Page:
In the days after we break up,
I become obsessed with the
idea of planting a lemon tree.
I have been cautioned by all of
my plant-loving friends, one of
whom is an actual botanist:
Your balcony will not get enough sun.
You will get leaves, but perhaps no fruit.
I purchase a Meyer lemon tree.
The internet informs me they’ve been known
to fruit year-round. In winter, I do as told,
and move the tree inside, lifting my
blinds and draping the leaves in sun.
My friend the botanist comes to visit.
He examines my tree, says: You did not
pick a plant meant for beginners.
Could you not have started with a fern?
And I think of you, wine bottles
multiplying under your bed
like jewel toned dust bunnies,
an alcoholic from a family of angry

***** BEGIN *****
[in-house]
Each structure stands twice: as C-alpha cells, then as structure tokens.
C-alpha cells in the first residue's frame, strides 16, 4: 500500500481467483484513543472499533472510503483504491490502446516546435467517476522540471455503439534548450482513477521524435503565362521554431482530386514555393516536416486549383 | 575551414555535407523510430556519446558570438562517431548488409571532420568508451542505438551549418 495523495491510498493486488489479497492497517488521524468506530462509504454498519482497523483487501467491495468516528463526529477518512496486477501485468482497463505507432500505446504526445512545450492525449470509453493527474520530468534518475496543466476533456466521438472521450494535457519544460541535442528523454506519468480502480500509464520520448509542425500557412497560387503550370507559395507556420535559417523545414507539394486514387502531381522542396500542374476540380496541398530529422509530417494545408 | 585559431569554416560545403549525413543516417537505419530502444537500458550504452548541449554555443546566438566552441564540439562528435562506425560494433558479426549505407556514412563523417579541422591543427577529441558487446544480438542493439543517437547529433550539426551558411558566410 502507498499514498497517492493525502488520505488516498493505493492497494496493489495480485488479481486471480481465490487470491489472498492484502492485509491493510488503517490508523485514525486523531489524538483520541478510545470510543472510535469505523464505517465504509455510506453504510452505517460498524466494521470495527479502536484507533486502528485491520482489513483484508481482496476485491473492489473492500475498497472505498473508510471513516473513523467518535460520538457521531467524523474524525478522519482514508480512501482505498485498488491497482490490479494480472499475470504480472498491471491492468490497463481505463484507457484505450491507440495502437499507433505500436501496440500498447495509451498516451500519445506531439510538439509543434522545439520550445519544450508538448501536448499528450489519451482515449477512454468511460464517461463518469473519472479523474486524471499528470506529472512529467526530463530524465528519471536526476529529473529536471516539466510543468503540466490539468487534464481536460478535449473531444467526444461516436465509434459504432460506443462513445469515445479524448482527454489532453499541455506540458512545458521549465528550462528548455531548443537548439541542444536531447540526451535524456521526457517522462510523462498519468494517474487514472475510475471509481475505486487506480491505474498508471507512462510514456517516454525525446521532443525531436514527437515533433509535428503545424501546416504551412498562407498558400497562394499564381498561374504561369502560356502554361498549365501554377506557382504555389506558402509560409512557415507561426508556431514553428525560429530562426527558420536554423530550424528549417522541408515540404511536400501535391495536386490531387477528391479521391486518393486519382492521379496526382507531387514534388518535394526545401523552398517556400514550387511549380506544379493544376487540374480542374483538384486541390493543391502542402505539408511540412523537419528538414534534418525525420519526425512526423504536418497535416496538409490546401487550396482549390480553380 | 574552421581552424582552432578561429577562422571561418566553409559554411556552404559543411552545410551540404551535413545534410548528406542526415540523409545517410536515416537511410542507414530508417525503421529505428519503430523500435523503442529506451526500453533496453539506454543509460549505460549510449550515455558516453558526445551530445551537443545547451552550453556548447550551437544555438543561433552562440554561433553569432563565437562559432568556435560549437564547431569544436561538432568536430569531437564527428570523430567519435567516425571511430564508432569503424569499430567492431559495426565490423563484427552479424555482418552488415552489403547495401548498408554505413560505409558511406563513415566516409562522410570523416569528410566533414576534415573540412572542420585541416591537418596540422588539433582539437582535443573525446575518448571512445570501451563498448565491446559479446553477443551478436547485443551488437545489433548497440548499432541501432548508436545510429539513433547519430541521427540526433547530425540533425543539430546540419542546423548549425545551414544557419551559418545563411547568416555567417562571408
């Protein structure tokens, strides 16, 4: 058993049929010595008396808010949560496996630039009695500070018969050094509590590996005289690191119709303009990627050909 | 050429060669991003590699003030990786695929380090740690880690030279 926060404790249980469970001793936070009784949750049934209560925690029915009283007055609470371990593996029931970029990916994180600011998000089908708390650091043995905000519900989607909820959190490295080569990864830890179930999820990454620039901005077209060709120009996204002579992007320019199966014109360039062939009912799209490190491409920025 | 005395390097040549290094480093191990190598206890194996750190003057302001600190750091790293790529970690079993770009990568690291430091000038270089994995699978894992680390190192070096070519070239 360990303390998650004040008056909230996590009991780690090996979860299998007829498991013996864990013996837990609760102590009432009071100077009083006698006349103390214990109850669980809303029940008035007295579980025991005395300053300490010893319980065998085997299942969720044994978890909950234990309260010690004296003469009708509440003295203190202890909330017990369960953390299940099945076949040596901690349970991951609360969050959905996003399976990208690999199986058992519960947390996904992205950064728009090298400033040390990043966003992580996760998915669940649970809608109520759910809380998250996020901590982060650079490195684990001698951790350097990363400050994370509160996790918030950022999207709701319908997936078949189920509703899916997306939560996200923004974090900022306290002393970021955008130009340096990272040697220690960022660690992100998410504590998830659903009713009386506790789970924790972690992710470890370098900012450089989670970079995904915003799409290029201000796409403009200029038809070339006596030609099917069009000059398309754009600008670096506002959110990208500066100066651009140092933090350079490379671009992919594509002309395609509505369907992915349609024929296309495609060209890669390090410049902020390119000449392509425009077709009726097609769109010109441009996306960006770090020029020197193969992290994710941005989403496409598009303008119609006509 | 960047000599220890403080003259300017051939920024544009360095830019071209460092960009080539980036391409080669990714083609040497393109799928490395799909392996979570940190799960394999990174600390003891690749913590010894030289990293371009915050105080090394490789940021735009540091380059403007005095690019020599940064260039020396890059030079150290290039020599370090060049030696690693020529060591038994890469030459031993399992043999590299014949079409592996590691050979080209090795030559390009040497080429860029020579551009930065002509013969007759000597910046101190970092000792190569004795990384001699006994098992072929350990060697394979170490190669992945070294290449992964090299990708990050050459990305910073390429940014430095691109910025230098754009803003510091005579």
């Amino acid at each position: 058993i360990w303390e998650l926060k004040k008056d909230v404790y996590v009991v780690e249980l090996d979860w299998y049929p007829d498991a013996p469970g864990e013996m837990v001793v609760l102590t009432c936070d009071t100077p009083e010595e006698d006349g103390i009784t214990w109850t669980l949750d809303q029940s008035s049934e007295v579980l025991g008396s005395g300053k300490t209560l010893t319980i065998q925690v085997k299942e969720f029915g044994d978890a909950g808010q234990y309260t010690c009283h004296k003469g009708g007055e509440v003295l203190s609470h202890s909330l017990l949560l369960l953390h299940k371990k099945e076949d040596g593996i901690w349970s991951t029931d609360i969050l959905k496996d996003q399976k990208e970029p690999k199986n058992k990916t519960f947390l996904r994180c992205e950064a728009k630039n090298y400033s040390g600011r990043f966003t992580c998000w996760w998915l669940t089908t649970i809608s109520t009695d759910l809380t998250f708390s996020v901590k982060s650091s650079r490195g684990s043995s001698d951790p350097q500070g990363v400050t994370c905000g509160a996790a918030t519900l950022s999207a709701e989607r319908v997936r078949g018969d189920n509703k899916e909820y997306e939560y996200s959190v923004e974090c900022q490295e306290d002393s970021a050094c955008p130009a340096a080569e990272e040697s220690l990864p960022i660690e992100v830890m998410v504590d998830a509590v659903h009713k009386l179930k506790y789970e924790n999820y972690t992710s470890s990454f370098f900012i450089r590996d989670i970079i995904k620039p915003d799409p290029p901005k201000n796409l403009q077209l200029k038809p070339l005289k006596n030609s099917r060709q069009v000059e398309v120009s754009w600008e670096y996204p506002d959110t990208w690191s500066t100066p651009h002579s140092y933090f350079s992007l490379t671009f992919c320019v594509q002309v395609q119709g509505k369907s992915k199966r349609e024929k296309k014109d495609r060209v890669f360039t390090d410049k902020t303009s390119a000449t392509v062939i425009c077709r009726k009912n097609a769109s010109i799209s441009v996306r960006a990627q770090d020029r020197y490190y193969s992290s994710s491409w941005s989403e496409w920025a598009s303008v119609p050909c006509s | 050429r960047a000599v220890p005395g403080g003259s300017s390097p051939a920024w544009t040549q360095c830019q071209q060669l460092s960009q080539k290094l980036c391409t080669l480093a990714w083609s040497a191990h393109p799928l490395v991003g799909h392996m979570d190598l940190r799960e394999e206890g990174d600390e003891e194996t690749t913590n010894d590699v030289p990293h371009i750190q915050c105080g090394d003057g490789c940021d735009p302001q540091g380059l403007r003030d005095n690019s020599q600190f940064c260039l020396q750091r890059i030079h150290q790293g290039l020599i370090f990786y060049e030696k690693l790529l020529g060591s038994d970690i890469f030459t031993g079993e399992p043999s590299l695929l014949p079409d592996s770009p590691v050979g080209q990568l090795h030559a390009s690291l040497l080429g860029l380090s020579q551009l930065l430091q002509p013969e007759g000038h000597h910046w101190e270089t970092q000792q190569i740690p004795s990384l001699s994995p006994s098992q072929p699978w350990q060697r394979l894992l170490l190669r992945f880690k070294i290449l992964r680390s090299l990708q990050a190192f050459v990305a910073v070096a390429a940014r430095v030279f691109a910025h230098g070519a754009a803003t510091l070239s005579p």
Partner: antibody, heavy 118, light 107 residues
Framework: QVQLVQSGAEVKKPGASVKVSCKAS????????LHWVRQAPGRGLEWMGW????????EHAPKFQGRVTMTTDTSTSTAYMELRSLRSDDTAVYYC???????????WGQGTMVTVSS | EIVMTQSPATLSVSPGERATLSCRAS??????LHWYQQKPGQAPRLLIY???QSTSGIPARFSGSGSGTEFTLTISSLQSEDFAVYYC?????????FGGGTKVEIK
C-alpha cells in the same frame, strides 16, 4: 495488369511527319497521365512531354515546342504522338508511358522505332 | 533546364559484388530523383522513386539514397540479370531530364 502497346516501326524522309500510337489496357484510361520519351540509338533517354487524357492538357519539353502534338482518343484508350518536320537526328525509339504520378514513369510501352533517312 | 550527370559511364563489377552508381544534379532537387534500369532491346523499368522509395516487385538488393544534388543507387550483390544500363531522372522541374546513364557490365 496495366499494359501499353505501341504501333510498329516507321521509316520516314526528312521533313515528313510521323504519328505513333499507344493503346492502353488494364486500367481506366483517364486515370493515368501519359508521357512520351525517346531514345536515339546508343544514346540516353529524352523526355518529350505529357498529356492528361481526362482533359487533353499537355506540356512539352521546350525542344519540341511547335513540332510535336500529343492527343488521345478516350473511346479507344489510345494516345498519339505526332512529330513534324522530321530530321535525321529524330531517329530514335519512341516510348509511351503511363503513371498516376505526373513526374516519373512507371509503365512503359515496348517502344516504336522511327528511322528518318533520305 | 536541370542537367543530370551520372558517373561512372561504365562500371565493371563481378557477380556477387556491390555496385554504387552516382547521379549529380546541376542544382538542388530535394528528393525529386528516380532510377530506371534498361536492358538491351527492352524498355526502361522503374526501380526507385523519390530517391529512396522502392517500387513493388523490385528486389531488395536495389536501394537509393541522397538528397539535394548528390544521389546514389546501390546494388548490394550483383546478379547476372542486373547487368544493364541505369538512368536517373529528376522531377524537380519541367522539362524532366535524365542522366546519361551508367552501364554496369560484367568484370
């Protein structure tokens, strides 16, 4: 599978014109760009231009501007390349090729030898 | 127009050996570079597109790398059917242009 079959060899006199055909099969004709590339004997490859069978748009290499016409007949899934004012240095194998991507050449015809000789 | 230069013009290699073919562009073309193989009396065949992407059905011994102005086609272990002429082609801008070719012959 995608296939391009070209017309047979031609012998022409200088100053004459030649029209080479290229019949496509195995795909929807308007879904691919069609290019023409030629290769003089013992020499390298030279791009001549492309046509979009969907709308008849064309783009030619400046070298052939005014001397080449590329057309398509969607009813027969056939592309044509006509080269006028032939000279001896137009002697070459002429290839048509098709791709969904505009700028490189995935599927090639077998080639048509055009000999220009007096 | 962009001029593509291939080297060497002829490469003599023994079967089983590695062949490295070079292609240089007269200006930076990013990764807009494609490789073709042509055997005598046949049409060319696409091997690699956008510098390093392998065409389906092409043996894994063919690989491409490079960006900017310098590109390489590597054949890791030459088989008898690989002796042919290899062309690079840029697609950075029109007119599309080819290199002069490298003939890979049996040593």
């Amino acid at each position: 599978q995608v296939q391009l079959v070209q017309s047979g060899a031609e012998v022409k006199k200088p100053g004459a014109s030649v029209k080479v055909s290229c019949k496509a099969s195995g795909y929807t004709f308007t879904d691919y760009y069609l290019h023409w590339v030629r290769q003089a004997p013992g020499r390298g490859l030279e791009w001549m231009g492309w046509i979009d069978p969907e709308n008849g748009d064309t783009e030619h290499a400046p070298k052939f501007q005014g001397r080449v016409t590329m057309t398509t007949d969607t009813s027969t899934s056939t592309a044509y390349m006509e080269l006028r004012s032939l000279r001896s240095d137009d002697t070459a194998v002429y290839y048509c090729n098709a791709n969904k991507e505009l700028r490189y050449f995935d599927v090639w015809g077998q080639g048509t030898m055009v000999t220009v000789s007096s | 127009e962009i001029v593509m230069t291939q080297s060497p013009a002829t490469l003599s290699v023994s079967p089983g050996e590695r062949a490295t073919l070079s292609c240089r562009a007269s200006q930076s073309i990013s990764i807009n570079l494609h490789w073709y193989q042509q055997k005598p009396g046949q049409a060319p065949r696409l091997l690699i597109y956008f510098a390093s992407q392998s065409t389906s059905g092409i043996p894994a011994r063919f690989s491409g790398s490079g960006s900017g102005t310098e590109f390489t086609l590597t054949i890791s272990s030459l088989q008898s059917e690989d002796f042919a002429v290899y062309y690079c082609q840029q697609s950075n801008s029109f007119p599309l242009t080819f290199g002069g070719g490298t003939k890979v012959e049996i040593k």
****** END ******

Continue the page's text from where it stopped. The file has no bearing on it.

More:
veterans and famous Republicans.
Still, I could not have chosen any
other way. Without you now,
I seek my fingers into the soil
like ten sightless, searching worms.
Dirt accumulates beneath my
pearled nails. I close my eyes and
inhale, urging the scent of lemon to
waft from, perhaps, an unseen bud.
Every morning, I peer between
the waxy green leaves for signs
of fruit. Every morning: None.
Previously published in Sad Girl Blog’s Poetry Contest.
Robin Kinzer is a queer, disabled poet, memoirist, and editor. She was once a communist beaver in a PBS documentary. She previously studied psychology and poetry at Sarah Lawrence and Goucher Colleges, and is now an MFA candidate at University of Baltimore. Robin has poems recently published, or shortly forthcoming in Little Patuxent Review, Kissing Dynamite Poetry, Anti-Heroin Chic, fifth wheel press, Corporeal Lit, Delicate Friend, and others. She loves glitter, Ferris wheels, and waterfalls. She also loves radical empathy, vintage fashion, and carnivals. She can be found on Twitter at @RobinAKinzer and at robinkinzer.com.